With the benefit of hindsight, the West should refrain from new overt/covert interventions but give unreserved political and economic support to Tunisia’s fledgling democracy because all the Middle East needs is one, just one success story.




About Ali Tuygan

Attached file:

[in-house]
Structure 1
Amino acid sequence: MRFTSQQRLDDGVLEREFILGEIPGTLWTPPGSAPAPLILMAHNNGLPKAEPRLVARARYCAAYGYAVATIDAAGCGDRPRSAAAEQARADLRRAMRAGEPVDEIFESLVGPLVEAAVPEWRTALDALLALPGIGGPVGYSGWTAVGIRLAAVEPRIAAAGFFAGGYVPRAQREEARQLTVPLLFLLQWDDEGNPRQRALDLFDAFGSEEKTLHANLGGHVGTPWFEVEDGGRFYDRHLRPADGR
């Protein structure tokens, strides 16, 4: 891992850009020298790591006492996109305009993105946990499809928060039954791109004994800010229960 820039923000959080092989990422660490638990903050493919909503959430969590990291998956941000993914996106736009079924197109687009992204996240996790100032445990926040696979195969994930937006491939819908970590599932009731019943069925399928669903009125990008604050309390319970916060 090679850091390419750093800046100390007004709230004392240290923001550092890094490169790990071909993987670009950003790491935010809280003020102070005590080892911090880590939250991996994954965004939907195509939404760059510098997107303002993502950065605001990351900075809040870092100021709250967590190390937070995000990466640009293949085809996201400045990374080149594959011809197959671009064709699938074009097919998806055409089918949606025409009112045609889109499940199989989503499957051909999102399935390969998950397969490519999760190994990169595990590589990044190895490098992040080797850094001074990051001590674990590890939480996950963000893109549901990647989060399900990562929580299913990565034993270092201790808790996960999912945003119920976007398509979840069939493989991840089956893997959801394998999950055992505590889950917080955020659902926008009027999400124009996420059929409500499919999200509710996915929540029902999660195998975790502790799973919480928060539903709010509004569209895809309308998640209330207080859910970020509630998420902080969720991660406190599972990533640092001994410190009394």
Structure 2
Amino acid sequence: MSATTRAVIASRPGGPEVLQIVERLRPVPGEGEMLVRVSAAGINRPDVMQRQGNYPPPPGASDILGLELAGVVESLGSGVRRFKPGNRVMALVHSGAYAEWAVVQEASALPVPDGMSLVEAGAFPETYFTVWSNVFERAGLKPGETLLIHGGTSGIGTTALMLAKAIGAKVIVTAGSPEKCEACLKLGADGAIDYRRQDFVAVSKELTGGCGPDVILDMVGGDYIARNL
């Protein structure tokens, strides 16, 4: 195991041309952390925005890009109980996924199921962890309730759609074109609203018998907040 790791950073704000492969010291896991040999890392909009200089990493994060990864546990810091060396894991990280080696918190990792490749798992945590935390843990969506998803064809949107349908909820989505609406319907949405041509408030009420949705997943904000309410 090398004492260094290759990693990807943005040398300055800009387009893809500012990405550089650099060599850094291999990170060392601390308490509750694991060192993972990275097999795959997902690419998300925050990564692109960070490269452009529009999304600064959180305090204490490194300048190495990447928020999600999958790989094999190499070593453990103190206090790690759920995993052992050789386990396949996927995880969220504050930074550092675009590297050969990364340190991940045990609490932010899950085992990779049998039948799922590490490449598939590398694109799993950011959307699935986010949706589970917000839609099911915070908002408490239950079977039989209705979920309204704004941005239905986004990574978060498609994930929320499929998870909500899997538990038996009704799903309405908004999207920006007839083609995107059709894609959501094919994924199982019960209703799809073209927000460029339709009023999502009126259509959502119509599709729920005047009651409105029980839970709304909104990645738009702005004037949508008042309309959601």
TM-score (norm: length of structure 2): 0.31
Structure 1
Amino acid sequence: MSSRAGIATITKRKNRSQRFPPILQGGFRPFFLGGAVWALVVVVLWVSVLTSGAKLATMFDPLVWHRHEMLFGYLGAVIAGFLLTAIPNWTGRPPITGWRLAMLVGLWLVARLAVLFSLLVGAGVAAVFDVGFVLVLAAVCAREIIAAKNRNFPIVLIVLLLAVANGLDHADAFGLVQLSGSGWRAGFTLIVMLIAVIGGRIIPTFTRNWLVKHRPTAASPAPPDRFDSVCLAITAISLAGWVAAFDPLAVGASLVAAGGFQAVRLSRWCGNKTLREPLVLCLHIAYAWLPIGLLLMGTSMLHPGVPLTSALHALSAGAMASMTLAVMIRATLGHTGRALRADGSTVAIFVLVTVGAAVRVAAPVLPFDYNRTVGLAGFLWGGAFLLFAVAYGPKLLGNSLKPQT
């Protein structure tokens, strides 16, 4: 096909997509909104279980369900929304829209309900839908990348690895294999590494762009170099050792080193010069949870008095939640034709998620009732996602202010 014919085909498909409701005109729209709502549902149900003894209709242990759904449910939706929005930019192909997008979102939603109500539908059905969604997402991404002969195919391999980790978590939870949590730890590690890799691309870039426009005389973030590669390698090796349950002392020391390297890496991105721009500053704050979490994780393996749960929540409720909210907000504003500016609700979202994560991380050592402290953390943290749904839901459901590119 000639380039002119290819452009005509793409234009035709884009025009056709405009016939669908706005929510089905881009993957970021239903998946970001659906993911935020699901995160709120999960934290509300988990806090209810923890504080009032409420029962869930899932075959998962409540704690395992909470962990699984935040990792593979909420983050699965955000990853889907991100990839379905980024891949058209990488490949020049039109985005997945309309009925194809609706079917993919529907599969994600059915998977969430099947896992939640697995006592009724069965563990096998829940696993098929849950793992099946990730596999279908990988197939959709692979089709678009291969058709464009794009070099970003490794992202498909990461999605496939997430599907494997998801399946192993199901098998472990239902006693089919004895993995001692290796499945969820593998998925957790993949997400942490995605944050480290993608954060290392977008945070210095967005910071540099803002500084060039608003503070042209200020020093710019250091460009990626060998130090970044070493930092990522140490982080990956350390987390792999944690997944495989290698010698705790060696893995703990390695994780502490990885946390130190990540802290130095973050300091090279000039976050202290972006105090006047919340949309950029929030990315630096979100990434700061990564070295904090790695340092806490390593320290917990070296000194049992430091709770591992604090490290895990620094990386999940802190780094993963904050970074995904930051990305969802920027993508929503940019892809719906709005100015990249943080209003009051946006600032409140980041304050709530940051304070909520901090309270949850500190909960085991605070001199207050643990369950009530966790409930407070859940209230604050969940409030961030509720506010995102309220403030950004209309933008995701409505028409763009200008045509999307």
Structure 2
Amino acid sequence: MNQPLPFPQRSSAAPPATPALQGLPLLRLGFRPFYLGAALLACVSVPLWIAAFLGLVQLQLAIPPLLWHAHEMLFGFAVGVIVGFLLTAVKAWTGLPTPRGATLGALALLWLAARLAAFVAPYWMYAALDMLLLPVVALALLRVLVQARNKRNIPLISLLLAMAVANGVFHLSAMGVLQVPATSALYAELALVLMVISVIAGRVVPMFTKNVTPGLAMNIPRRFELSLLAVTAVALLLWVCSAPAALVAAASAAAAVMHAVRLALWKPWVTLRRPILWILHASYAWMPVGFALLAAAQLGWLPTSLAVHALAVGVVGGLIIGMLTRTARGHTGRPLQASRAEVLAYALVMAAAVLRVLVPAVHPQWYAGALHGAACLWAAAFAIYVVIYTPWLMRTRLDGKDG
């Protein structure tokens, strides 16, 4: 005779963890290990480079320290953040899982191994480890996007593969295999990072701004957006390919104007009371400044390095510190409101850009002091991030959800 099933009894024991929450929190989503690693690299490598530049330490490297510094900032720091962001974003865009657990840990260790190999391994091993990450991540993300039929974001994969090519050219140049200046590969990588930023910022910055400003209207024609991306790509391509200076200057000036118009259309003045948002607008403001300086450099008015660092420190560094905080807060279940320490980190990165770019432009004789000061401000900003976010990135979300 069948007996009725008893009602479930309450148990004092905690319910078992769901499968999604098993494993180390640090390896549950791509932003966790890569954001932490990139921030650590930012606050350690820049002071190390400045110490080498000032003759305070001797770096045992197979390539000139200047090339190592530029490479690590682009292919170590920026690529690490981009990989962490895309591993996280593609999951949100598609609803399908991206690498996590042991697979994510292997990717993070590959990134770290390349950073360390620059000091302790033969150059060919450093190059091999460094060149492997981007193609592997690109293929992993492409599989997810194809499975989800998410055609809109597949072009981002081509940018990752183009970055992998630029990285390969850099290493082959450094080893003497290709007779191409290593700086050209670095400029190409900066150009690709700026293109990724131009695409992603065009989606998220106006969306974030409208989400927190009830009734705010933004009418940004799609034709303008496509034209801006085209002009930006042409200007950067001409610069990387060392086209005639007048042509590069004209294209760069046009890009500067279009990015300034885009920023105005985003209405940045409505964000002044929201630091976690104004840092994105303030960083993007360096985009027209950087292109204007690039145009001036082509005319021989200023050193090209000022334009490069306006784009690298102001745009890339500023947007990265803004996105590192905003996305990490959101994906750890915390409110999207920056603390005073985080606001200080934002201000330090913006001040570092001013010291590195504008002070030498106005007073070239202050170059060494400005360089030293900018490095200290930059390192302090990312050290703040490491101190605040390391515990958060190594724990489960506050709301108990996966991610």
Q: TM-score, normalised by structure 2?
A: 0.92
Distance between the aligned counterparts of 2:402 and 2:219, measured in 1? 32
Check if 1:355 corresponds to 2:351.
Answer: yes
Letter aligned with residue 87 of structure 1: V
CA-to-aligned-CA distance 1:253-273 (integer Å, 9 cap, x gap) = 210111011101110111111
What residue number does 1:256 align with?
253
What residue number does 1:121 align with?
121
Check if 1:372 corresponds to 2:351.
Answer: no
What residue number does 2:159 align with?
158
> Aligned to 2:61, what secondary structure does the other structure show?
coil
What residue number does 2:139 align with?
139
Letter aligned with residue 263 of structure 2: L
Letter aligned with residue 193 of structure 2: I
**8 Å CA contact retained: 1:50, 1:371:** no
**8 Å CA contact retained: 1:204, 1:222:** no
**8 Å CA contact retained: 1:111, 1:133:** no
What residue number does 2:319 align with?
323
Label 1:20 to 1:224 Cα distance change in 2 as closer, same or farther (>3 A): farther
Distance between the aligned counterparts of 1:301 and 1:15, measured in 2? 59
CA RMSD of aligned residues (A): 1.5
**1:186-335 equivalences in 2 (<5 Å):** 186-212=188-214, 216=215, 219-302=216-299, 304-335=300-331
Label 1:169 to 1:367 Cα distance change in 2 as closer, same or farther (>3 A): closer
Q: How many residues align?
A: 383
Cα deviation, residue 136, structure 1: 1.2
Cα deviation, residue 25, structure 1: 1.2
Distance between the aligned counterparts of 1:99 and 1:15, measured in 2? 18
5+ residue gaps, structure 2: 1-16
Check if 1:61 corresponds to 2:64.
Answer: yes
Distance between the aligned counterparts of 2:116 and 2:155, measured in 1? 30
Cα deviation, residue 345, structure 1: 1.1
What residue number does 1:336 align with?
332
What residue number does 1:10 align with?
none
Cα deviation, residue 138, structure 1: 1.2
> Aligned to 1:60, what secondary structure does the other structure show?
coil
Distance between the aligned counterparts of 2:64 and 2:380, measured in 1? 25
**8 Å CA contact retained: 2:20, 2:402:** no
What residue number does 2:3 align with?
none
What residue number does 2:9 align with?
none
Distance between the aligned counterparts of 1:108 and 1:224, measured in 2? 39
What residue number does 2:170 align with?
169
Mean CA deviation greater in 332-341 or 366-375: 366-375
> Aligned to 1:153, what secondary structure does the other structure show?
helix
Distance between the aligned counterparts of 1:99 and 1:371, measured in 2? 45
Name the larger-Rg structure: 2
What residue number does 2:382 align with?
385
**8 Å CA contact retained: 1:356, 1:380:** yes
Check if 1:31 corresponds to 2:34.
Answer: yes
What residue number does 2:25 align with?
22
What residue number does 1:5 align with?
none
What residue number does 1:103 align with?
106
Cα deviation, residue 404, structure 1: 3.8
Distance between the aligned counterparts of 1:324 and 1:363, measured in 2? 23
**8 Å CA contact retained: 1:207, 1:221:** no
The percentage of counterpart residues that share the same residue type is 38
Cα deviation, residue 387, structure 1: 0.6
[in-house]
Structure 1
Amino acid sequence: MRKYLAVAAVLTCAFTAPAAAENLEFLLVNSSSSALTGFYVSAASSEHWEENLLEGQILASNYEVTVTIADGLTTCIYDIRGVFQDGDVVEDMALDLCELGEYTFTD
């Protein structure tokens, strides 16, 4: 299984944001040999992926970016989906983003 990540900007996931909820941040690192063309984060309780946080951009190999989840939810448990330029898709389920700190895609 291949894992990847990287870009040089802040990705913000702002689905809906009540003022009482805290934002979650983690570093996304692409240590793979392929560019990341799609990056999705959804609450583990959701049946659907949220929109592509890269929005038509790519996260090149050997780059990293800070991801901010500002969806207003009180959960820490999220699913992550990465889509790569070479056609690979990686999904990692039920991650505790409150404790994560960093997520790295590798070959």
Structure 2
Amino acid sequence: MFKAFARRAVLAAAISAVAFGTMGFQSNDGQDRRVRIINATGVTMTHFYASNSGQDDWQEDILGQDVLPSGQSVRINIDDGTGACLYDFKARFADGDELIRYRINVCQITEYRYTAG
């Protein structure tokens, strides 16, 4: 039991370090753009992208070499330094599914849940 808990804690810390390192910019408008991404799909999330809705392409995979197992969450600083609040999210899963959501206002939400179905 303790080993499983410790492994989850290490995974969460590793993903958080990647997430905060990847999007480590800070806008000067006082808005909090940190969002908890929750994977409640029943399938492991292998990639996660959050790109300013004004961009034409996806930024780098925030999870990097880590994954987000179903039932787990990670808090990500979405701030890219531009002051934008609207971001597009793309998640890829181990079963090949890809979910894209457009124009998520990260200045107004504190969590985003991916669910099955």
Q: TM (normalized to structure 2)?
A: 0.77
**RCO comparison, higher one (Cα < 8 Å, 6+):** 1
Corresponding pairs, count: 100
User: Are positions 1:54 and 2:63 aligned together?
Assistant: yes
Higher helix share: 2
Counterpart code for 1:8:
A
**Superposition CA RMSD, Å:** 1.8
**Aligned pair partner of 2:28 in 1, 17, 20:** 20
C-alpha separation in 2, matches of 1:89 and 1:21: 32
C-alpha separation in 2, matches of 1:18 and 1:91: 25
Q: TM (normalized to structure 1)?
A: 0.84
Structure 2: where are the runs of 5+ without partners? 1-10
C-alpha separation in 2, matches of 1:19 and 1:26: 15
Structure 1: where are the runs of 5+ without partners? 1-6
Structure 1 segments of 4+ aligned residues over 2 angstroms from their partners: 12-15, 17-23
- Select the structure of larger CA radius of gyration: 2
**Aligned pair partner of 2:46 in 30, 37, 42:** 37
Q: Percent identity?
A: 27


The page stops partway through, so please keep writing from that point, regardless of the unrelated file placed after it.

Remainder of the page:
Ali Tuygan is a graduate of the Faculty of Political Sciences of Ankara University. He joined the Ministry of Foreign Affairs in January 1967. Between various positions in Ankara, he served at the Turkish Embassy in Brussels, NATO International Staff, Turkish Embassies in Washington and Baghdad, and the Turkish Delegation to NATO. From 1986 to 1989 he was the Principal Private Secretary to the President of the Republic. He then served as ambassador to Ottawa, Riyadh, and Athens. In 1997 he was honored with a decoration by the Italian President. Between these assignments abroad he served twice as Deputy Undersecretary for Political Affairs. In 2004 he was appointed Undersecretary where he remained until the end of 2006 before going to his last foreign assignment as Ambassador to UNESCO. He retired in 2009. In April 2013 he published a book entitled “Gönüllü Diplomat, Dışişlerinde Kırk Yıl” (“Diplomat by Choice, Forty Years in the Ministry of Foreign Affairs”) in which he elaborated on the diplomatic profession and the main issues on the global agenda. He has published articles in Turkish periodicals and newspapers.